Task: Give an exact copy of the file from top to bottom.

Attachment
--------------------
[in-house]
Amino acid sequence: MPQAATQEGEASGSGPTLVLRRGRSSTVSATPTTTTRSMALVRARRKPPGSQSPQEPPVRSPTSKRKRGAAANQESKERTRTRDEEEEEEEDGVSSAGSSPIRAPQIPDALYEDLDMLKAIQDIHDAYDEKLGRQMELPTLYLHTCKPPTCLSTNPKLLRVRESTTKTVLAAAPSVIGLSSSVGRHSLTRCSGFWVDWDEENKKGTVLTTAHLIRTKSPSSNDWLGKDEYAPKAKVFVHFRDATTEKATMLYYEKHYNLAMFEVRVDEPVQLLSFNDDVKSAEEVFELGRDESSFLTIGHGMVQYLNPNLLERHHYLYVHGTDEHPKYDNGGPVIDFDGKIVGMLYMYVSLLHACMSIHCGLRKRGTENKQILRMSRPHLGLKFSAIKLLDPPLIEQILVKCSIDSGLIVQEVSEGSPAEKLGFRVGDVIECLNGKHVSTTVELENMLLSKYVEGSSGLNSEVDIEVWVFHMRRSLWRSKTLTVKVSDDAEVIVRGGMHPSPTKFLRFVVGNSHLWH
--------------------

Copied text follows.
[in-house]
Amino acid sequence: MPQAATQEGEASGSGPTLVLRRGRSSTVSATPTTTTRSMALVRARRKPPGSQSPQEPPVRSPTSKRKRGAAANQESKERTRTRDEEEEEEEDGVSSAGSSPIRAPQIPDALYEDLDMLKAIQDIHDAYDEKLGRQMELPTLYLHTCKPPTCLSTNPKLLRVRESTTKTVLAAAPSVIGLSSSVGRHSLTRCSGFWVDWDEENKKGTVLTTAHLIRTKSPSSNDWLGKDEYAPKAKVFVHFRDATTEKATMLYYEKHYNLAMFEVRVDEPVQLLSFNDDVKSAEEVFELGRDESSFLTIGHGMVQYLNPNLLERHHYLYVHGTDEHPKYDNGGPVIDFDGKIVGMLYMYVSLLHACMSIHCGLRKRGTENKQILRMSRPHLGLKFSAIKLLDPPLIEQILVKCSIDSGLIVQEVSEGSPAEKLGFRVGDVIECLNGKHVSTTVELENMLLSKYVEGSSGLNSEVDIEVWVFHMRRSLWRSKTLTVKVSDDAEVIVRGGMHPSPTKFLRFVVGNSHLWH